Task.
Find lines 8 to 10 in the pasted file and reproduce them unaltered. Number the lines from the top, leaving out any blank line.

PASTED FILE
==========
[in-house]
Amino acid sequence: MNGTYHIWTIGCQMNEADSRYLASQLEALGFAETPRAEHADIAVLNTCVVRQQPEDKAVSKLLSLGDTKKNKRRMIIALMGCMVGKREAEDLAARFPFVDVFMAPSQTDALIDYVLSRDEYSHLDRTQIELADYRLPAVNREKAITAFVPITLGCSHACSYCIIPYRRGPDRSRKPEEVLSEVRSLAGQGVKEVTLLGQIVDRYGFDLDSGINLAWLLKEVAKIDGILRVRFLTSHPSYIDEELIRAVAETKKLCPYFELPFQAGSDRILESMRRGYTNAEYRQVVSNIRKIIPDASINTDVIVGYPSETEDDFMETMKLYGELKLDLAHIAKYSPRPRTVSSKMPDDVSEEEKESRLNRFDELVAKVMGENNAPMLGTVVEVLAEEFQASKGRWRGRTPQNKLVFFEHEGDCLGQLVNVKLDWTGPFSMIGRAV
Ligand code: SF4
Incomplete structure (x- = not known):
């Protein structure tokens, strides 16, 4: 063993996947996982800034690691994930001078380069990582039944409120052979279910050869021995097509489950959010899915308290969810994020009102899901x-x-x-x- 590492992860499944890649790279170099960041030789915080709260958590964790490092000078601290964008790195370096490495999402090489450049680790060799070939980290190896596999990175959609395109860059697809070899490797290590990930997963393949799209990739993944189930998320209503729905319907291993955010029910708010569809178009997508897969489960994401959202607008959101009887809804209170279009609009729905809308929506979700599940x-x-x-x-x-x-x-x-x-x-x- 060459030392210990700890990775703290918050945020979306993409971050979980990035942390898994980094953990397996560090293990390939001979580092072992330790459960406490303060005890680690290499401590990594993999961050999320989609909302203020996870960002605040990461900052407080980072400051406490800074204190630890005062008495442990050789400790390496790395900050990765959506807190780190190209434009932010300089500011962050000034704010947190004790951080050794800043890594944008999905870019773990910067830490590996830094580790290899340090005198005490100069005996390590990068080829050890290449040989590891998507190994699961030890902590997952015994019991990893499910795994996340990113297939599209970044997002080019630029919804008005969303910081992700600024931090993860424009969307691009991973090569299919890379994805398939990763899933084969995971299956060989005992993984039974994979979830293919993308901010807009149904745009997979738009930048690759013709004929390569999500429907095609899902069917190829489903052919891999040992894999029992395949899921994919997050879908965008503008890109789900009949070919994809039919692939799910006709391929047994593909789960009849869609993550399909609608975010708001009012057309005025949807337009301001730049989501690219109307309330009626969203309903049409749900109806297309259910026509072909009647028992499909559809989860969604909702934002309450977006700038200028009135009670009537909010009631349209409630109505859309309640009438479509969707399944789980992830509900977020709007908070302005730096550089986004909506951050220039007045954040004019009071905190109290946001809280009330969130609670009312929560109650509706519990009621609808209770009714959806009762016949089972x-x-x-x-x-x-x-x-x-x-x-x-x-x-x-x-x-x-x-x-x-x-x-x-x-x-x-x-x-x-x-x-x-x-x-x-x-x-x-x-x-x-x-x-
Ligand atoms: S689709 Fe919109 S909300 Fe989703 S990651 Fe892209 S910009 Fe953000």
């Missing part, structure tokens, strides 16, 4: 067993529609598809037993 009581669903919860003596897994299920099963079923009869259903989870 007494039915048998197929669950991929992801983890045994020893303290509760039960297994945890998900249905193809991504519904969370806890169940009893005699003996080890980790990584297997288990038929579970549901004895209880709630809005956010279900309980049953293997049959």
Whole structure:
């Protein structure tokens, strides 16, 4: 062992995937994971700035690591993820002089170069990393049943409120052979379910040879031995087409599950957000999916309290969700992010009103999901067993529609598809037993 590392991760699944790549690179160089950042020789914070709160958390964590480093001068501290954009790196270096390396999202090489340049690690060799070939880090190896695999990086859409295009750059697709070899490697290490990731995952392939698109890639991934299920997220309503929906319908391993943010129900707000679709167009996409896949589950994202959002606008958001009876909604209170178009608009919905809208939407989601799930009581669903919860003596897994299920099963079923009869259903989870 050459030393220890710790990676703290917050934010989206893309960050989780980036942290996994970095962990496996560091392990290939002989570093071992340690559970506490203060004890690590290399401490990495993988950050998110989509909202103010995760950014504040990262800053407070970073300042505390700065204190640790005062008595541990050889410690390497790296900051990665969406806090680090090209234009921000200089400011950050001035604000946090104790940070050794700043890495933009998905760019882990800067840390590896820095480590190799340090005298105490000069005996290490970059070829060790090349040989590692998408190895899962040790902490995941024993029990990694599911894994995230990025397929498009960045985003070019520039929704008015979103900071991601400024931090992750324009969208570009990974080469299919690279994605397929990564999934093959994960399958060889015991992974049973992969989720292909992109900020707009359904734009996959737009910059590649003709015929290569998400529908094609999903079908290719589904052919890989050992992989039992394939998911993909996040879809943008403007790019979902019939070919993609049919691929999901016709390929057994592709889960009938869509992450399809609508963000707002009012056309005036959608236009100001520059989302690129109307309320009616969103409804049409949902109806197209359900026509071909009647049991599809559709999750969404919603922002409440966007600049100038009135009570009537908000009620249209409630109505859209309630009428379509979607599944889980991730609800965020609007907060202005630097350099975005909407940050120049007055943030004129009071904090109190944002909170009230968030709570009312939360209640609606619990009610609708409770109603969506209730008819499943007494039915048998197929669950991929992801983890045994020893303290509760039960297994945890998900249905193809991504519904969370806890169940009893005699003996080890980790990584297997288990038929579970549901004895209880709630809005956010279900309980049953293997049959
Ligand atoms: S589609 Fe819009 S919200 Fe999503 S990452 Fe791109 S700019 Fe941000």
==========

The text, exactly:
Whole structure:
């Protein structure tokens, strides 16, 4: 062992995937994971700035690591993820002089170069990393049943409120052979379910040879031995087409599950957000999916309290969700992010009103999901067993529609598809037993 590392991760699944790549690179160089950042020789914070709160958390964590480093001068501290954009790196270096390396999202090489340049690690060799070939880090190896695999990086859409295009750059697709070899490697290490990731995952392939698109890639991934299920997220309503929906319908391993943010129900707000679709167009996409896949589950994202959002606008958001009876909604209170178009608009919905809208939407989601799930009581669903919860003596897994299920099963079923009869259903989870 050459030393220890710790990676703290917050934010989206893309960050989780980036942290996994970095962990496996560091392990290939002989570093071992340690559970506490203060004890690590290399401490990495993988950050998110989509909202103010995760950014504040990262800053407070970073300042505390700065204190640790005062008595541990050889410690390497790296900051990665969406806090680090090209234009921000200089400011950050001035604000946090104790940070050794700043890495933009998905760019882990800067840390590896820095480590190799340090005298105490000069005996290490970059070829060790090349040989590692998408190895899962040790902490995941024993029990990694599911894994995230990025397929498009960045985003070019520039929704008015979103900071991601400024931090992750324009969208570009990974080469299919690279994605397929990564999934093959994960399958060889015991992974049973992969989720292909992109900020707009359904734009996959737009910059590649003709015929290569998400529908094609999903079908290719589904052919890989050992992989039992394939998911993909996040879809943008403007790019979902019939070919993609049919691929999901016709390929057994592709889960009938869509992450399809609508963000707002009012056309005036959608236009100001520059989302690129109307309320009616969103409804049409949902109806197209359900026509071909009647049991599809559709999750969404919603922002409440966007600049100038009135009570009537908000009620249209409630109505859209309630009428379509979607599944889980991730609800965020609007907060202005630097350099975005909407940050120049007055943030004129009071904090109190944002909170009230968030709570009312939360209640609606619990009610609708409770109603969506209730008819499943007494039915048998197929669950991929992801983890045994020893303290509760039960297994945890998900249905193809991504519904969370806890169940009893005699003996080890980790990584297997288990038929579970549901004895209880709630809005956010279900309980049953293997049959
Ligand atoms: S589609 Fe819009 S919200 Fe999503 S990452 Fe791109 S700019 Fe941000």